I used to spend my lunch breaks drinking coffee with a friend who was into all things conspiracy. I’ll never forget the time we saw a van parked across the street from us and he almost jumped out of his seat, “That Dodge Caravan has police lights!” I felt like his revelation was too perceptive to say out loud. Forget about Birmingham PD, the Thought Police were going to pop up and punish us for stumbling upon a heretofore well-kept secret.
In one of our conversations, he tried his best to explain to me quantum physics between sips of espresso and I had to be a maddening student. I ended up nodding very politely and opening my eyes up wide at the right moments to say “Wow!” He was persistent though, and even gave me a DVD that was probably geared toward 1st graders. I almost understood it, but then a ball game came on the T.V. and I was lost forever in a cursed state of ignorance.
But I do remember something about butterflies. They used to be caterpillars, you see, and then, to cut a long story short, they started flapping their wings in China and BOOM! a hurricane in Florida. Other intellectuals will recognize this, of course, as “the butterfly effect.”
If Jesus did his preaching today, I bet he would mention the butterfly effect. Or maybe he would stick with his stories about mustard seeds growing tall and leaven leavening up dough. Either way, Jesus liked to tell stories about really small– seemingly trivial– things making a big difference.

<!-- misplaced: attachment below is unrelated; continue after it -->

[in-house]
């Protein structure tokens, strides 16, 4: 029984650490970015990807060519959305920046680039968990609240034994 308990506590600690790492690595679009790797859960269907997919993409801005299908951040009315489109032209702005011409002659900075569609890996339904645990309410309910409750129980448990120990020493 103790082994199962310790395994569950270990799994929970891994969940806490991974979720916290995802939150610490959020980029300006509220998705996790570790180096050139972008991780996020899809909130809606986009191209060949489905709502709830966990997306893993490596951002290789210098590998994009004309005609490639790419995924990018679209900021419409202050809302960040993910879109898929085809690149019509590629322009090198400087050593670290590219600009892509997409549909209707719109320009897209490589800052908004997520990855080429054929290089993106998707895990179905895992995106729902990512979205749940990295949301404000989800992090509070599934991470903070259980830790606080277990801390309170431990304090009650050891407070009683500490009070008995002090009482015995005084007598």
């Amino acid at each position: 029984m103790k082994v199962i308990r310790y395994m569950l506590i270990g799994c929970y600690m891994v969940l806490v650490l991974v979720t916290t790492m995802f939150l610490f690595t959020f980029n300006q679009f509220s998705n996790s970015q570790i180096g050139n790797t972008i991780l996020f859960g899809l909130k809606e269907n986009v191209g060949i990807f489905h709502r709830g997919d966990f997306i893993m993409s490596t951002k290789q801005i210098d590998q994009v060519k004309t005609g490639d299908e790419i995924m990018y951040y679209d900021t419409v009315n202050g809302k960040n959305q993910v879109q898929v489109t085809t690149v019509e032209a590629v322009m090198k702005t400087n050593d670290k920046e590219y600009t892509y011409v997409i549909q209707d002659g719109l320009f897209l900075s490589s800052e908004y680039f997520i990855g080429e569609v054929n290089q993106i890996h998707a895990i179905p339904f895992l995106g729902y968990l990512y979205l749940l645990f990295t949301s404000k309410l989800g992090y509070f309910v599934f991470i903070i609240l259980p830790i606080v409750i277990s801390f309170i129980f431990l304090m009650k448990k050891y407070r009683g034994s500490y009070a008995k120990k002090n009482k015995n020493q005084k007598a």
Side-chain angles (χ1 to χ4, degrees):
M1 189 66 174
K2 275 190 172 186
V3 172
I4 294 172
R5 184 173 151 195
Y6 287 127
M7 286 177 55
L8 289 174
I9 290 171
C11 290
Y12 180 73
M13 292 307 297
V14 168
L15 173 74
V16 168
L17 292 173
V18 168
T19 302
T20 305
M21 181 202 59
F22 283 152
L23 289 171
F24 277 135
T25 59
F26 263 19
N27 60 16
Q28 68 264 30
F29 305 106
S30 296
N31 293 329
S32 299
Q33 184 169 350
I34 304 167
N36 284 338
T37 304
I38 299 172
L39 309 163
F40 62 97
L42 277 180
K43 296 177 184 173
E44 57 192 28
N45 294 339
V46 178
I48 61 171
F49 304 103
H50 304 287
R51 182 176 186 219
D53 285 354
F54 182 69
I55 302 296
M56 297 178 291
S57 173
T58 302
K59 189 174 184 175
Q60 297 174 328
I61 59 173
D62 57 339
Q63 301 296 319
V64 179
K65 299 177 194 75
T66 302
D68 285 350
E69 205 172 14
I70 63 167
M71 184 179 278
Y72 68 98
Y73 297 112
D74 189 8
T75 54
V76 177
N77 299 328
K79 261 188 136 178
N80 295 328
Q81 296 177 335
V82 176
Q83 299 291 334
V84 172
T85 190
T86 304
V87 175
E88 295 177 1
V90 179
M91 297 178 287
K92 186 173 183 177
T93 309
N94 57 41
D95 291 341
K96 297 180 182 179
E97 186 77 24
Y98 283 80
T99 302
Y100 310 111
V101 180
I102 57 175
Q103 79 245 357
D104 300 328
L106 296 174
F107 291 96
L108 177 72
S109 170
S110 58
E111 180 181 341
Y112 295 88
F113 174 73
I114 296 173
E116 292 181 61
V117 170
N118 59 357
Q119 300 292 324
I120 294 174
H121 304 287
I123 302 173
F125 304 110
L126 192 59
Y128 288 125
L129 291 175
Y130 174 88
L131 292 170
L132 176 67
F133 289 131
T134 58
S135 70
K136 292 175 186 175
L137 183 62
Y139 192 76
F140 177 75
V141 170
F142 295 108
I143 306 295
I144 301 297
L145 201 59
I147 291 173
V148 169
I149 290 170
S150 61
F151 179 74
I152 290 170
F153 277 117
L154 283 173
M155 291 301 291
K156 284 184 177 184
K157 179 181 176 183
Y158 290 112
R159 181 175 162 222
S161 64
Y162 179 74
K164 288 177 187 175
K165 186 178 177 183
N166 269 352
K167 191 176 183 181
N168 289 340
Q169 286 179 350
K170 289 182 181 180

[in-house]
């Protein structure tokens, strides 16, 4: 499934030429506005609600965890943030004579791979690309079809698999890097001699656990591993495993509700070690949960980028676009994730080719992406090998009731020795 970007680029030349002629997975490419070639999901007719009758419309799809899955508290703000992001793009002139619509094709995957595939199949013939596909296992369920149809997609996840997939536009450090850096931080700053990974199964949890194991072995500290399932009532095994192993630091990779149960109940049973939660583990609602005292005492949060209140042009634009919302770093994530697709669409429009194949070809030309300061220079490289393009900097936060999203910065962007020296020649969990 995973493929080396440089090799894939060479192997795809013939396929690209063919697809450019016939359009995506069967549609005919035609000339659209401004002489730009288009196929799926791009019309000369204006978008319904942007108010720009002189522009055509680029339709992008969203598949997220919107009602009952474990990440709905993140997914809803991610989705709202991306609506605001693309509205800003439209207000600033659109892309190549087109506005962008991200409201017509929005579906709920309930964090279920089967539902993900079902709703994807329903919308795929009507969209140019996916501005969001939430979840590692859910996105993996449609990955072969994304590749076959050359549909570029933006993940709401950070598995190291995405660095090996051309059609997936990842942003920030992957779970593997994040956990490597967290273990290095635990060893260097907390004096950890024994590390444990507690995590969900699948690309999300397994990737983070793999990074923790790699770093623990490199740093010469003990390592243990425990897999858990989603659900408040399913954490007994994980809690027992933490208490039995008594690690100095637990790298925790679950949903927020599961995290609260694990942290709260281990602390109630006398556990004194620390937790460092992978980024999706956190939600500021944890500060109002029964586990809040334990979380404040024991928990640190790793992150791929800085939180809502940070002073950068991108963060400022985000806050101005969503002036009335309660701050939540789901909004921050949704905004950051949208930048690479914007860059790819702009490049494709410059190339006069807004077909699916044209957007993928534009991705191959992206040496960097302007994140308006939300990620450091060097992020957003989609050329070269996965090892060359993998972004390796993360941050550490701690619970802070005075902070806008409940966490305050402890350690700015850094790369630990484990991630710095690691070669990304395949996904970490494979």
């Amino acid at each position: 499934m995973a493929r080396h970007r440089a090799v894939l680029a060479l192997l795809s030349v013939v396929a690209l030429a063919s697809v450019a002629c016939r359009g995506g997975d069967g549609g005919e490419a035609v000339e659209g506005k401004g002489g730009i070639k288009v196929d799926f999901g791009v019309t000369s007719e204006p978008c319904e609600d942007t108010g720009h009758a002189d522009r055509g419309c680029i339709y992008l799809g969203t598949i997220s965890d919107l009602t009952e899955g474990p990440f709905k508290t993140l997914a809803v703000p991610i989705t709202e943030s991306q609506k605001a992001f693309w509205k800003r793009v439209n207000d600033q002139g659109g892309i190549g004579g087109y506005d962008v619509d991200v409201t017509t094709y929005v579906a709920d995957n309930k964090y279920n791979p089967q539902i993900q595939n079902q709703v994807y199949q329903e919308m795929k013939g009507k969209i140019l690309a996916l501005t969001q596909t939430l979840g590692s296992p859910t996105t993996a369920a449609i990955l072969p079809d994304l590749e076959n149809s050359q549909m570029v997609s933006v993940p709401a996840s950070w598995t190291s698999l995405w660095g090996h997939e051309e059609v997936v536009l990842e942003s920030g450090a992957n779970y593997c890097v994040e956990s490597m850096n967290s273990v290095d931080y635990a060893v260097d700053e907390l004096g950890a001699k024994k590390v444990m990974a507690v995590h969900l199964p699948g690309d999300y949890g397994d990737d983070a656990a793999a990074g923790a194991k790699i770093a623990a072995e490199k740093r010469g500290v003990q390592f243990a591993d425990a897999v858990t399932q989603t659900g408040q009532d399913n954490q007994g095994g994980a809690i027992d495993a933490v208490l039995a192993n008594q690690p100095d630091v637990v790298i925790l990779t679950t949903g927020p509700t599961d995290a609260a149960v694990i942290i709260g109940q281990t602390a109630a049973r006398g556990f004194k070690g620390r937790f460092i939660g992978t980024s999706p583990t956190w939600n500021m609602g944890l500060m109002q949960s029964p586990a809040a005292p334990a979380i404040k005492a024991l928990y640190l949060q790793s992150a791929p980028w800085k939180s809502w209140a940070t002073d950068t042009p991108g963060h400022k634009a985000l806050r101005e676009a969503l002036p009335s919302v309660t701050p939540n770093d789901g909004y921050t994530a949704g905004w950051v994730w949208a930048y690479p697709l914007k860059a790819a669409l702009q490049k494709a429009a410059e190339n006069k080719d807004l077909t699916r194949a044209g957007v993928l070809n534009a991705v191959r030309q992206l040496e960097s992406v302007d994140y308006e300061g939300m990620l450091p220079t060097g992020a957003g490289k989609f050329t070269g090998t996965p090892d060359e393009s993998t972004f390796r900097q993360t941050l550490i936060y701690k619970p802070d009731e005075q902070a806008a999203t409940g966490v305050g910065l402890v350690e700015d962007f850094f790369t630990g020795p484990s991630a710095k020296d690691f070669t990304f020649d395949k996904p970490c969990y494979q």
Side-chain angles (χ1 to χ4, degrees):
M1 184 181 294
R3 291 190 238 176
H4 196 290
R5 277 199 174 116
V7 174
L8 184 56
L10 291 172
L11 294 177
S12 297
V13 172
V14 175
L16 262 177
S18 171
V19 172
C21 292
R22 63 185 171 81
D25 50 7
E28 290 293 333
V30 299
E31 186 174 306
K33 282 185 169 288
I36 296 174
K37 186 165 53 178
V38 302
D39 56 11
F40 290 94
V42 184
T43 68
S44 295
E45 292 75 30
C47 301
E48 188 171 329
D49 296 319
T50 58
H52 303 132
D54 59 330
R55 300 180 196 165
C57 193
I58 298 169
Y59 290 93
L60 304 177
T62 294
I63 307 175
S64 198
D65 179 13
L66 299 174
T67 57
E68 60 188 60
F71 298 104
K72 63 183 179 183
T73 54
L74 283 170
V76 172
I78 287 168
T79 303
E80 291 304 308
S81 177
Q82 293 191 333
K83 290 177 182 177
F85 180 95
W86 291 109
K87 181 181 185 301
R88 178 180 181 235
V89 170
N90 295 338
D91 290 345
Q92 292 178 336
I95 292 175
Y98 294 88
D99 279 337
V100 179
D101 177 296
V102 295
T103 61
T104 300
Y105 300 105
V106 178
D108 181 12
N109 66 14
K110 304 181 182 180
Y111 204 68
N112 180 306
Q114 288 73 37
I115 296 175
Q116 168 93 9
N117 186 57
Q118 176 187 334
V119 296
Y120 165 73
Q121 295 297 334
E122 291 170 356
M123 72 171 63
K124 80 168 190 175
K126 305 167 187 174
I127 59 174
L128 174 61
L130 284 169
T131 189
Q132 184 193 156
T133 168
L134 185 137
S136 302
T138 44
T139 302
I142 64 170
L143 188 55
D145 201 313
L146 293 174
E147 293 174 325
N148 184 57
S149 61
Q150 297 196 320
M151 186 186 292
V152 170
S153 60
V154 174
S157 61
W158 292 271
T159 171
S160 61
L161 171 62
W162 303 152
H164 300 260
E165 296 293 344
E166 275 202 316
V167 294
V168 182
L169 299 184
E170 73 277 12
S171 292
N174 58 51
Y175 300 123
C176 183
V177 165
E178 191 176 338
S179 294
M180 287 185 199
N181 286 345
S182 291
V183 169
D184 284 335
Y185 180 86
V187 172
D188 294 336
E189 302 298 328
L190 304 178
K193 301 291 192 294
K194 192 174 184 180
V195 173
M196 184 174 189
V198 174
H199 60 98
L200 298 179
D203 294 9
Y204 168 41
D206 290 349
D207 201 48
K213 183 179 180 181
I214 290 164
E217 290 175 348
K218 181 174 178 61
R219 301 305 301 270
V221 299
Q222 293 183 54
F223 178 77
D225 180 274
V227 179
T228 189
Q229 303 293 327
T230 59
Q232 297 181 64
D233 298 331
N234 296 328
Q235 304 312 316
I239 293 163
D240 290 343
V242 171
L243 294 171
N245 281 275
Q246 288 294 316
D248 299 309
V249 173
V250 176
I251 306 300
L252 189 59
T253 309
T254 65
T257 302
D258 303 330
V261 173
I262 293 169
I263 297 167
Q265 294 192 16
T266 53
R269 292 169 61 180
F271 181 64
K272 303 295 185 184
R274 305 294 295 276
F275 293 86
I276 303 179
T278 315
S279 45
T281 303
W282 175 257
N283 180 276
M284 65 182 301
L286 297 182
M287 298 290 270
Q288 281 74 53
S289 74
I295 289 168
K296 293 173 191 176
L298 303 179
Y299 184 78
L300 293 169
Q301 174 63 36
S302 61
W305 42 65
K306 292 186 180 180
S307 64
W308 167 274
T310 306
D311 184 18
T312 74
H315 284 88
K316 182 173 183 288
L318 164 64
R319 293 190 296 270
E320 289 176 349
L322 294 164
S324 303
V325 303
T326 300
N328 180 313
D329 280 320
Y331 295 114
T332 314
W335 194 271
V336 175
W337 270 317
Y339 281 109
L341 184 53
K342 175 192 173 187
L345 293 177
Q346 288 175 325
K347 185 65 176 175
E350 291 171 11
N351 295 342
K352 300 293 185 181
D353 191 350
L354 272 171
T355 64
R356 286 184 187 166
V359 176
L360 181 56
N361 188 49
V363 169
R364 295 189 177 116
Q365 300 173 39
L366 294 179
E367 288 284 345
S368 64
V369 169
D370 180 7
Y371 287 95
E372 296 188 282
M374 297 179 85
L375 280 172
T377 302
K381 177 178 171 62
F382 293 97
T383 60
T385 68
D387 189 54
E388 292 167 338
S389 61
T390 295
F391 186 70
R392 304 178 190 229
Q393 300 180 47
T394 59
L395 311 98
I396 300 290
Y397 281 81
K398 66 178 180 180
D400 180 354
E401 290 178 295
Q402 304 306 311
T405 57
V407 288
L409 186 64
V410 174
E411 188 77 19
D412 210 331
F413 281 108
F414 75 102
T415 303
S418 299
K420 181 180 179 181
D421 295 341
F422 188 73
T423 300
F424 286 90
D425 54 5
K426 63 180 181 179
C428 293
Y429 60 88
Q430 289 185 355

Imagine you showed up here from another planet (a conversation for another day!) and a guy in overalls showed you a seed roughly the size of a grain of sand. “Dig a hole,” he says, “and bury this seed in it.” Would you ever, in your wildest dreams, picture a 20 foot bush that produced fruit?
Or imagine you are an inexperienced cook. You see, I have this friend who is a bit of an amateur. When he cooks biscuits or pancakes he has been known to assume he can freewheel on the ingredients. Out of baking powder? No problem! Use baking soda! Out of yeast? Substitute…corn starch? We just don’t know how important these tiny ingredients are until we are half-way through the recipe and realize that all is lost.
One thing Jesus leaves out of this story in particular, and pretty much all the rest of his stories in general, is a practical application. What are the little things in our lives that produce these little butterfly effects? What are the tiny, unexpected ingredients in our lives that we assume we can substitute, or do without?
But that’s probably the point, after all. If we had a list of the “Top 10 Missing Ingredients” in our spiritual lives, would we be any better off? Probably not. The idea is for us to learn how to think about the little things. They all matter.
It matters how you respond to your wife when she wakes you up in the middle of the night to kill a spider that is sleeping on the other side of the room. It matters how hard you work in the middle of the shift when you just want to tell everybody off and go home. It matters how you speak to your children. It matters how you deal with drivers that are going too slow when you are in a hurry.
Jesus is telling us that, whether we realize it or not, each and every moment carries with it its own possibilities. He is telling us to be alive, to be present, and to be awake in each moment.
Sometimes even well-kept secrets are lying right out in the open.